The Superior Court of New Jersey, Appellate Division, recently considered what type of payment constitutes an unlawful split of a real estate commission.
Markheim-Chalmers, Inc., ("Broker") is a licensed New Jersey real estate broker. It obtained a lease for American Shower and Bath ("Subsidiary"), a subsidiary of Masco Corporation ("Parent"). The lease called for the Broker to receive a $250,000.00 commission from the landlord. When the property manager for the Parent saw the lease, he demanded that the Broker pay the Parent half of the commission or he would refuse to sign the lease, thereby killing the deal. After some negotiation between the parties, the Parent’s property manager agreed to receive a third of the commission, or $83,333.33 ("Payment"). In return for the Payment, the Parent offered its guaranty for the Subsidiary’s lease.
Eventually, the Broker filed a lawsuit challenging the legality of its payments to the Parent. The Broker claimed that the Payment amounted to an illegal split of a real estate commission. The Broker argued that the Payment was drawn from its commission. New Jersey’s license laws make it illegal for anyone besides a real estate licensee to receive a commission, and so the Broker argued that the Parent could not receive the Payment. The Parent argued that the Payment was made in exchange for its guaranty and wasn’t a fee split. The Parent also brought a counterclaim against the Broker alleging fraud. The Broker argued that the Parent was barred from pursuing the counterclaim because only a licensee can bring a commission lawsuit.
The trial court ruled in favor of the Broker. It found that it was indisputable that the Payment was drawn from the Broker’s commission. Since, in New Jersey, only a licensee can receive a commission and bring a lawsuit seeking payment of a commission, the trial court ruled in the Broker’s favor and dismissed the Parent’s counterclaim. The Parent appealed.
The Superior Court of New Jersey, Appellate Division, reversed the trial court and sent the case back to the trial court for further proceedings. The court agreed with the trial court’s recognition that it was clear that the Payment was derived from the commission. The court also found that the Payment wasn’t made in return for the Parent’s guaranty, since the guaranty had been volunteered by the Parent after the parties had negotiated the lease.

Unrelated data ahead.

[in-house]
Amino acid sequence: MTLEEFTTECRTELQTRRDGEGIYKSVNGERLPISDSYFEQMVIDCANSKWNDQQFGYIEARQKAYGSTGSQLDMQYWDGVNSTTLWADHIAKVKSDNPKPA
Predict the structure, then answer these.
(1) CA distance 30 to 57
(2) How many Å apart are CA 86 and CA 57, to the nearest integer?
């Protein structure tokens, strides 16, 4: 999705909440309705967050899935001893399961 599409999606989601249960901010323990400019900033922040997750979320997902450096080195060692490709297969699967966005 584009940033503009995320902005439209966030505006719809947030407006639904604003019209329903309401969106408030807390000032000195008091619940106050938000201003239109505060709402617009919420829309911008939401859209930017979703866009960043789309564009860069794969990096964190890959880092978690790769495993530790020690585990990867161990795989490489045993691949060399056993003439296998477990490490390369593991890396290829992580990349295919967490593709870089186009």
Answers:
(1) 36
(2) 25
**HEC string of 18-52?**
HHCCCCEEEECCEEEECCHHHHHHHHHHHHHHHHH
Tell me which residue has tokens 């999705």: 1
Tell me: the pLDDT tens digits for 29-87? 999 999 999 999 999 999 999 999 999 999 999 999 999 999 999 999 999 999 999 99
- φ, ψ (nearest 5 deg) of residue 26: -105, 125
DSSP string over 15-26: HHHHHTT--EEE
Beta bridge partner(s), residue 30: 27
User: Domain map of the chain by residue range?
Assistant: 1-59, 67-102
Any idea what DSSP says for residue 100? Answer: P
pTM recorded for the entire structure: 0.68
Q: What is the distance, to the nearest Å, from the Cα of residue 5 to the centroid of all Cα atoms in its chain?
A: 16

However, the court disagreed with the trial court’s interpretation of New Jersey’s license law barring a nonlicensee from receiving a commission. The court found that the purpose of the law was to bar a nonlicensee from receiving a commission when it performs acts normally performed by licensees, namely real estate brokerage services and/or salesperson services. The court found that if the Parent was merely using a negotiation tactic and the Parent wasn’t performing any acts or services performed by real estate licensees, then no New Jersey laws would bar the Parent from receiving the Payment. The court sent the case back to the trial court to determine whether the Parent performed any real estate brokerage or salesperson services.
Markeim-Chalmers, Inc. v. Masco Corp., 322 N.J. Super. 452, 731 A.2d 114 (N.J. Super. Ct. App. Div. 1999).
Note: Following the posting of the above summary, NAR Legal Affairs received additional information about this case from the General Counsel for the New Jersey Association of REALTORS® ("NJAR"), Barry Goodman of Greenbaum, Rowe, Smith, Ravin, Davis & Himmel, LLP. On remand, NJAR and the New Jersey Real Estate Commission filed amicus briefs in support of the Broker's position that New Jersey law prohibited the Broker from entering into a "fee-split" with the Parent. Rather than respond, the Parent agreed to dismiss the lawsuit with prejudice without receiving any payment from the Broker. Thus, whether such a fee-splitting arrangement is legal remains an open question in New Jersey.
NAR Legal Affairs would like to thank Mr. Goodman for this additional information.